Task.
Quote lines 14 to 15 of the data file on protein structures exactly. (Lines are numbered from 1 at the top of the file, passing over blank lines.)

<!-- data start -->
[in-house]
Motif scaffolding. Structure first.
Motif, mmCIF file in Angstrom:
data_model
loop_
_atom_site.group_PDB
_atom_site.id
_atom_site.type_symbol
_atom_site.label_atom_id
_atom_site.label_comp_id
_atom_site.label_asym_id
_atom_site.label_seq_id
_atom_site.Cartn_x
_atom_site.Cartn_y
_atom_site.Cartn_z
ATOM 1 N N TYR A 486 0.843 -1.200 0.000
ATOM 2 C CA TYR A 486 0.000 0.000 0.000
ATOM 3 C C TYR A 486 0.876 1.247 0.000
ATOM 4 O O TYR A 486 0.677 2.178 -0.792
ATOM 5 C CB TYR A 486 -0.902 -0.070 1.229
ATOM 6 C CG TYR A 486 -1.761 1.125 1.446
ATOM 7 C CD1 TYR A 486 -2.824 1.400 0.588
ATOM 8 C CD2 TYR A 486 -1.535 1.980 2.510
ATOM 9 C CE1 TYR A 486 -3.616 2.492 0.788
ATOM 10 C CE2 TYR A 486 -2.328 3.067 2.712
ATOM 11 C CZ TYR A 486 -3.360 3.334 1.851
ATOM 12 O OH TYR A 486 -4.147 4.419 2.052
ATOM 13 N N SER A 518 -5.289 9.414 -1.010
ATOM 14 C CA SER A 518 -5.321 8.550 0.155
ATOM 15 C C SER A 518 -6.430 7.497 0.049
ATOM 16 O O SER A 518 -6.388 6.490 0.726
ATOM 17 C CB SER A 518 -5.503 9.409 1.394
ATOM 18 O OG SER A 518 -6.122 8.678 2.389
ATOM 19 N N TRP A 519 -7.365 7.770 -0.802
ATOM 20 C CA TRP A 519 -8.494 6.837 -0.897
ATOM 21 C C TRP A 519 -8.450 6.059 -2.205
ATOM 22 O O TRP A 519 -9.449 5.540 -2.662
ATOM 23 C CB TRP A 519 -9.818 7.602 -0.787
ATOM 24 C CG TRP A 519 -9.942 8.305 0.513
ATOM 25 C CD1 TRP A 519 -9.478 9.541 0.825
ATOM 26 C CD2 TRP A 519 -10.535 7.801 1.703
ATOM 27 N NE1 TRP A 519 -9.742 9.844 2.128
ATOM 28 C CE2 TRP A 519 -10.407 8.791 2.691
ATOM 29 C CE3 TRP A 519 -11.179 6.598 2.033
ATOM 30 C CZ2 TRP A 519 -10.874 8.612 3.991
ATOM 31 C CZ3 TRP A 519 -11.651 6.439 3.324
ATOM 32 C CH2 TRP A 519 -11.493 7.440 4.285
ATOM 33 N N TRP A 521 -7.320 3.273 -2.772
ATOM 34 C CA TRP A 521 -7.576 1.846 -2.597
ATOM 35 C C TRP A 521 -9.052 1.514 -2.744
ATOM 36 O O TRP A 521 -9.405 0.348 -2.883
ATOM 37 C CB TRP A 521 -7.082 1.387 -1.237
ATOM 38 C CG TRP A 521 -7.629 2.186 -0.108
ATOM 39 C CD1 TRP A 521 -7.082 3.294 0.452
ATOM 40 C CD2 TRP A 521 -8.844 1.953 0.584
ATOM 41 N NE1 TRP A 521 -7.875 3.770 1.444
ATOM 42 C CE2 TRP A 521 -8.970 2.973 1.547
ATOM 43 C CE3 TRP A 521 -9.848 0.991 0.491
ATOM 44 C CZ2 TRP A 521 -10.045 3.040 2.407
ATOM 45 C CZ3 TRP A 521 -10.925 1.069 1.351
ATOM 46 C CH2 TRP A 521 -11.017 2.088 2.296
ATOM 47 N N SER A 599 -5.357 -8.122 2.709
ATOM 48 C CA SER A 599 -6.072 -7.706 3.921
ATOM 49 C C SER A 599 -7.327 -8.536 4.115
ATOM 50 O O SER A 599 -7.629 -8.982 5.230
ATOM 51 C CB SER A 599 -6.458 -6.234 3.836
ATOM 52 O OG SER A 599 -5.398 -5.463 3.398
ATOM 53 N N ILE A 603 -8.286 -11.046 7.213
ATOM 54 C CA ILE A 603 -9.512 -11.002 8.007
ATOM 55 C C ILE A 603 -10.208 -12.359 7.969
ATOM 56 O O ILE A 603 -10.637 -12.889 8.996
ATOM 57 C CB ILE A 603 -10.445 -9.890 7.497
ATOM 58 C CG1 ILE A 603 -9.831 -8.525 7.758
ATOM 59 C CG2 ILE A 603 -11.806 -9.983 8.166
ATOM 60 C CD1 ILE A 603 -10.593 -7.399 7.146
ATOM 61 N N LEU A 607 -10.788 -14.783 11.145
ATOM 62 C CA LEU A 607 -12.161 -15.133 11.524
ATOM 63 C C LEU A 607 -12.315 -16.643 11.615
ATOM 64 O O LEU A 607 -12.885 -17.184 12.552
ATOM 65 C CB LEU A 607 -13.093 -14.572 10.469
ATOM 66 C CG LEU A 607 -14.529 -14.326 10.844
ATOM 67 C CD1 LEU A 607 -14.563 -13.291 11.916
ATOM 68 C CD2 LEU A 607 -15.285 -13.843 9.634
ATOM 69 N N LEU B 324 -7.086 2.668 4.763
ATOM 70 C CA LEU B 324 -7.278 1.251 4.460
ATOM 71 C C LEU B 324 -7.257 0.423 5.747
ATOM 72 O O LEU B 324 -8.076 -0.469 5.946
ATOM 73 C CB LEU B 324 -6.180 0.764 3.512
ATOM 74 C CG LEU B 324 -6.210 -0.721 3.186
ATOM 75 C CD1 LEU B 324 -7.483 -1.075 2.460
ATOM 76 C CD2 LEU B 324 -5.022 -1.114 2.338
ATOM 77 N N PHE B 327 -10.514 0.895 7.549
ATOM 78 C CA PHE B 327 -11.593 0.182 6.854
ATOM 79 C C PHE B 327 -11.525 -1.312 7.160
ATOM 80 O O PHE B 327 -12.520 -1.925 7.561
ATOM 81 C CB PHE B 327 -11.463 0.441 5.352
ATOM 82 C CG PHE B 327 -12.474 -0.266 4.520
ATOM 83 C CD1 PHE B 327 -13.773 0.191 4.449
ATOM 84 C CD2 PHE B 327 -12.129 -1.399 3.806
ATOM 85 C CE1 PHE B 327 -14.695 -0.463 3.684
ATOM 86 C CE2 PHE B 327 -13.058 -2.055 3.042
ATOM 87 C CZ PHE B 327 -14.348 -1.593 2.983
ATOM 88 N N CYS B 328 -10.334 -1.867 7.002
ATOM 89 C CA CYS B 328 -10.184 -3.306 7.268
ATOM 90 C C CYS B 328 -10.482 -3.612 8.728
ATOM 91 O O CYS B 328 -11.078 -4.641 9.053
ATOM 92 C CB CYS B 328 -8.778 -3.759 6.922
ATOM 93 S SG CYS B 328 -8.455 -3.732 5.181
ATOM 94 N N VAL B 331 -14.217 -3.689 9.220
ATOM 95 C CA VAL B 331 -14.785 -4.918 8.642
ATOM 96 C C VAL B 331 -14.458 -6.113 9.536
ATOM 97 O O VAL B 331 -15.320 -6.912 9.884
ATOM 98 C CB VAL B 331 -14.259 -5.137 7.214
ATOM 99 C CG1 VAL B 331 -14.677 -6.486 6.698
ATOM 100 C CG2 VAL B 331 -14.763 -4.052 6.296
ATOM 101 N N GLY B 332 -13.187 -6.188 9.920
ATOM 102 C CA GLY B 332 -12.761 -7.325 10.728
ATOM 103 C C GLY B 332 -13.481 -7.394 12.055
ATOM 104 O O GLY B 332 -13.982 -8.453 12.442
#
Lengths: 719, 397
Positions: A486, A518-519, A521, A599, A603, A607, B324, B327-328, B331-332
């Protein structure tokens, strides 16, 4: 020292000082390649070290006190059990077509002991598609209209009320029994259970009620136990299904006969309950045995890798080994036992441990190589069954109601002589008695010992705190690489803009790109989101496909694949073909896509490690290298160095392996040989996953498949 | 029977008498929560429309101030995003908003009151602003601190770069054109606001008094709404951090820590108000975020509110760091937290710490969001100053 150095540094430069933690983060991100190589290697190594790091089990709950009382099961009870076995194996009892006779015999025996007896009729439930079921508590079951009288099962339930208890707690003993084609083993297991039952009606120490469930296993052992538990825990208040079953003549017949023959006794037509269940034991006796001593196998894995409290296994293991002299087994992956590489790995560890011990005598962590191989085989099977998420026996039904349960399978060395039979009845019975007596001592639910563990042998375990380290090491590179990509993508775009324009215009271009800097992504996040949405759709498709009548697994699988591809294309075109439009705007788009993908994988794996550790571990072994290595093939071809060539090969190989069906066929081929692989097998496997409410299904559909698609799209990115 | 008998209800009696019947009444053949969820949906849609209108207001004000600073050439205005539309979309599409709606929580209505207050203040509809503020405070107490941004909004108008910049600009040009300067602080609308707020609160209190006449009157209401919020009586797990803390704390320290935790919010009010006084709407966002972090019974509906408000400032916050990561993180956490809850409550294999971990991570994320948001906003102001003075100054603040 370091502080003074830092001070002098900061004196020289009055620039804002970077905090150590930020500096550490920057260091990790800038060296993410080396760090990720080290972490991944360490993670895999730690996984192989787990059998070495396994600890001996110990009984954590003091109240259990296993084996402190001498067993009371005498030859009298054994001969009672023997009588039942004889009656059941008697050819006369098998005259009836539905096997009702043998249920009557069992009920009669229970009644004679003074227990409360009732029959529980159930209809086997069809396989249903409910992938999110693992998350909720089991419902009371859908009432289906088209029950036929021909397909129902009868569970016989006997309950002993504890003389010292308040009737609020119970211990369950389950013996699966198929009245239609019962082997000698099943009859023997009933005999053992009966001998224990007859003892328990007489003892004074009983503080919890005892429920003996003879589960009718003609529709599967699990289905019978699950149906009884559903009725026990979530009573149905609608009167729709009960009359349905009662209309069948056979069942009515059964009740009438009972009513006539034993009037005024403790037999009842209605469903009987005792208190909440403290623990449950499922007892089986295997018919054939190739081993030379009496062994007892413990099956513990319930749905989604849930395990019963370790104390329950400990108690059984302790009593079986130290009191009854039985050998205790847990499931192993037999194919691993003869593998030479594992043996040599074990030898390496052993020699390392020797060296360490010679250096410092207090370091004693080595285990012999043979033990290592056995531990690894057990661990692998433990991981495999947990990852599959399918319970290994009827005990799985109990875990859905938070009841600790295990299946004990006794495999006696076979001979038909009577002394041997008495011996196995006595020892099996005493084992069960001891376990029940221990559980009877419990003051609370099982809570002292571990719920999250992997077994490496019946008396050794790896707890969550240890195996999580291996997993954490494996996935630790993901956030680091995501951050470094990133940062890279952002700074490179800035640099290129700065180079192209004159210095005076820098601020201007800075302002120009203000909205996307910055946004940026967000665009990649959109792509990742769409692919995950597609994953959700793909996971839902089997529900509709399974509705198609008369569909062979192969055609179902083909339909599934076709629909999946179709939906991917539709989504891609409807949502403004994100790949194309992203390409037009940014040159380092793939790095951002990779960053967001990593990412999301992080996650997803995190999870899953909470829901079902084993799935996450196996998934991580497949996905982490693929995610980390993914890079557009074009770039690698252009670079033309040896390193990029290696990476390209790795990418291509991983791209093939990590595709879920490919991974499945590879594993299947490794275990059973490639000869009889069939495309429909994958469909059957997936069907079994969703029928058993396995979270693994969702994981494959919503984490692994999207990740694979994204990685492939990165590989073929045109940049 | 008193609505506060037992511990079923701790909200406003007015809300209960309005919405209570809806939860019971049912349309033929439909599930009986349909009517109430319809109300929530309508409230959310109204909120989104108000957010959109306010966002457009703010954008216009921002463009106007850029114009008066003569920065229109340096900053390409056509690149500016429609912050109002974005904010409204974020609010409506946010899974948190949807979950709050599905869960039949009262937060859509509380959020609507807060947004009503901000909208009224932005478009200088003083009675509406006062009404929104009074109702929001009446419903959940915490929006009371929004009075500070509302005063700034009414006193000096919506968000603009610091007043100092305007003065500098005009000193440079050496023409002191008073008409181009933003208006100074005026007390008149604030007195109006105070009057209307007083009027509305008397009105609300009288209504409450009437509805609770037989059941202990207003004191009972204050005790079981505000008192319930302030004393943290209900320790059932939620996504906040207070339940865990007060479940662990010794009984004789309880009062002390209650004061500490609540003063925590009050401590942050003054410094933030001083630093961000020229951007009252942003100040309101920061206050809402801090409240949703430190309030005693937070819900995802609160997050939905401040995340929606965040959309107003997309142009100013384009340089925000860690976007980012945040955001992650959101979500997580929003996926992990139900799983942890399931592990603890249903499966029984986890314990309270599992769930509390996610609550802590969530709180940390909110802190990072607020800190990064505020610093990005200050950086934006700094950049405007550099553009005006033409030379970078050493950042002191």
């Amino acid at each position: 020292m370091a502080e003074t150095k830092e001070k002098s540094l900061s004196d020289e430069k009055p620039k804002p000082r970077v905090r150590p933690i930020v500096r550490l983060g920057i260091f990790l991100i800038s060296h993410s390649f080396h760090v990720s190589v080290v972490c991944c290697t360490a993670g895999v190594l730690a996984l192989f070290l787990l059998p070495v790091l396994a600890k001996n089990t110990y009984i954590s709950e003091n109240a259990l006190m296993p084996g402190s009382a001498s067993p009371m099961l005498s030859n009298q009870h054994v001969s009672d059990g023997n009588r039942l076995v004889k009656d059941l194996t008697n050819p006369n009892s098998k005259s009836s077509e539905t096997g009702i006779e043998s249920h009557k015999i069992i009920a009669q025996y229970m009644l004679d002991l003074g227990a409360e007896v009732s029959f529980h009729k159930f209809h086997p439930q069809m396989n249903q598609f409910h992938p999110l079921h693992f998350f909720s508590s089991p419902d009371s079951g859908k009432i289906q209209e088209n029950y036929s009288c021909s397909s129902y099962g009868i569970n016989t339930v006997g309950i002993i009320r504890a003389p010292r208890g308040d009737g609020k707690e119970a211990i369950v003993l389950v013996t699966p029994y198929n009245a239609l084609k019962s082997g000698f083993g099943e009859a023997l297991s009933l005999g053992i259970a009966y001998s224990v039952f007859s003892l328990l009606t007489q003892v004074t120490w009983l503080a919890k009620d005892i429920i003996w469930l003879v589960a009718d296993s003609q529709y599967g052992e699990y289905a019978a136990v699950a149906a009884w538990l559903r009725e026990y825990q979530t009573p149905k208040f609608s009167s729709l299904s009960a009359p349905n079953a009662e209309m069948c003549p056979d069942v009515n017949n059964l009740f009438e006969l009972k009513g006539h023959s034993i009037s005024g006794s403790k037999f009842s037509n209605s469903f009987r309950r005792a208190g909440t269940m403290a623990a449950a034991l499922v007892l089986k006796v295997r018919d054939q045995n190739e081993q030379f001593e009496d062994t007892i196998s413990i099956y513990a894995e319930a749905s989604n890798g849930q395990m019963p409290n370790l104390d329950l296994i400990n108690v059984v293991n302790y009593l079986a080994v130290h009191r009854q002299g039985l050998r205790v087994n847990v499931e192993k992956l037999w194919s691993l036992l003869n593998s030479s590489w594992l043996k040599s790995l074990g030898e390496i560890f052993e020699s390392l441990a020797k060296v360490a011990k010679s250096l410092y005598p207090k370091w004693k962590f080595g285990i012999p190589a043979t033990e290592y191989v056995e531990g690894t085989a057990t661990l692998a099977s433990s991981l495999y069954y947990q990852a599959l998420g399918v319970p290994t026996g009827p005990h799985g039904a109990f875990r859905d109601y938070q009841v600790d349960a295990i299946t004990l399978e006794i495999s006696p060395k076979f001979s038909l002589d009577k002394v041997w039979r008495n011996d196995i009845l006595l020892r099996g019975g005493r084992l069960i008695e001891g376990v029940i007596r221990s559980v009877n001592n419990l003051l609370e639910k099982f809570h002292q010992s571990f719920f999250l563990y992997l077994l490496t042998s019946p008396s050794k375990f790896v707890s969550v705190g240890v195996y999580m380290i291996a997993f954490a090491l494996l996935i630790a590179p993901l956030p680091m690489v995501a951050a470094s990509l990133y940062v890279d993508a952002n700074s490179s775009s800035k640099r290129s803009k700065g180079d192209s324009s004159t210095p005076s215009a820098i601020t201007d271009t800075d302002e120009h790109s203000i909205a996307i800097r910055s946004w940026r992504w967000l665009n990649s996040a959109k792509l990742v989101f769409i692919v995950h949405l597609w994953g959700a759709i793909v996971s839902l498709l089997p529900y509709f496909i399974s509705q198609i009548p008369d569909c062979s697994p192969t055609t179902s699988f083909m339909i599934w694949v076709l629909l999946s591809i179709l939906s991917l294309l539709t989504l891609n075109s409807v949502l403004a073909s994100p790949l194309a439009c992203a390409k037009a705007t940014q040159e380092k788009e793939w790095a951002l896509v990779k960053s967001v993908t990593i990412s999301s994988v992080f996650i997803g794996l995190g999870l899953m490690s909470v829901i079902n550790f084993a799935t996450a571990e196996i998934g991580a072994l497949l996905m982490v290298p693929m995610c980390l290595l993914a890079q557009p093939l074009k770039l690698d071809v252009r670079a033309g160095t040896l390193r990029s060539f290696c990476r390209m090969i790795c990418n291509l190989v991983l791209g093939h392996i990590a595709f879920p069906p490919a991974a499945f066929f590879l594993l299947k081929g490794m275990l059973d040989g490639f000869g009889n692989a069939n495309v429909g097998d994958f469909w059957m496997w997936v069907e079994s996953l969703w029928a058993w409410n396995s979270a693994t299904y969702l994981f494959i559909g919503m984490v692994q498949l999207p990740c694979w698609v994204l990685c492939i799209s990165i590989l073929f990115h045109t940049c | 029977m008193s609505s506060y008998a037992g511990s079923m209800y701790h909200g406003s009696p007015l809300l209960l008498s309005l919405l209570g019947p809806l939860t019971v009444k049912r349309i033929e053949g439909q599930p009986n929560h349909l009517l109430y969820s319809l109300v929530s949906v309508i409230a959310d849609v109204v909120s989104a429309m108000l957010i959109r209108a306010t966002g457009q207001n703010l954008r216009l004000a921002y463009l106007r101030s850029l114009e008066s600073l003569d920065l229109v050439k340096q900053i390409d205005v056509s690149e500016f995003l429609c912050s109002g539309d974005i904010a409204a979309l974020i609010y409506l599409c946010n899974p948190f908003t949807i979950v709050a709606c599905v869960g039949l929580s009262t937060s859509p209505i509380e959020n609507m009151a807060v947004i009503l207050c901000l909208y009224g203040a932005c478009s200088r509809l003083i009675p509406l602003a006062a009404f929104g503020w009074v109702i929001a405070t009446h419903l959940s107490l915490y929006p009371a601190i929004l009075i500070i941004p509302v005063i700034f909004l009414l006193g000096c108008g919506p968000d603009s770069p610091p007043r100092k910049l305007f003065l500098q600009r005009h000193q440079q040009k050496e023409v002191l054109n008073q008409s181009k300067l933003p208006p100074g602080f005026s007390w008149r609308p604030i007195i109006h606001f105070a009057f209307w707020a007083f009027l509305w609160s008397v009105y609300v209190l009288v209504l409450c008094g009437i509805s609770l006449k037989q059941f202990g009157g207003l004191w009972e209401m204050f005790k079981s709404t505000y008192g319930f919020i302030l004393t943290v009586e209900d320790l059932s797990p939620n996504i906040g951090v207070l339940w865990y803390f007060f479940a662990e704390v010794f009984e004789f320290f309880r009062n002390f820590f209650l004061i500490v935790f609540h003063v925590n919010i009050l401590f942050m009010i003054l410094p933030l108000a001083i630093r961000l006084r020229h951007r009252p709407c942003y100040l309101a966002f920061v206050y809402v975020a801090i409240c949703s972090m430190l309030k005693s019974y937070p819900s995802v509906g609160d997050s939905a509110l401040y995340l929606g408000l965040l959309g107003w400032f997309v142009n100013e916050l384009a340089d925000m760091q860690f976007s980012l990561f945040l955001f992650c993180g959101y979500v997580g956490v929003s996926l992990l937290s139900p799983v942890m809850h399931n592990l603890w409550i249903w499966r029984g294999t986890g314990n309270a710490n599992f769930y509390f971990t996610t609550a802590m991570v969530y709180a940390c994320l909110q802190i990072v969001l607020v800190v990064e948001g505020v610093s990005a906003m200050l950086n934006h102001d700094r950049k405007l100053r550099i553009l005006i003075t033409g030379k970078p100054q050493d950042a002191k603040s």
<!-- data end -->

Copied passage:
_atom_site.Cartn_y
_atom_site.Cartn_z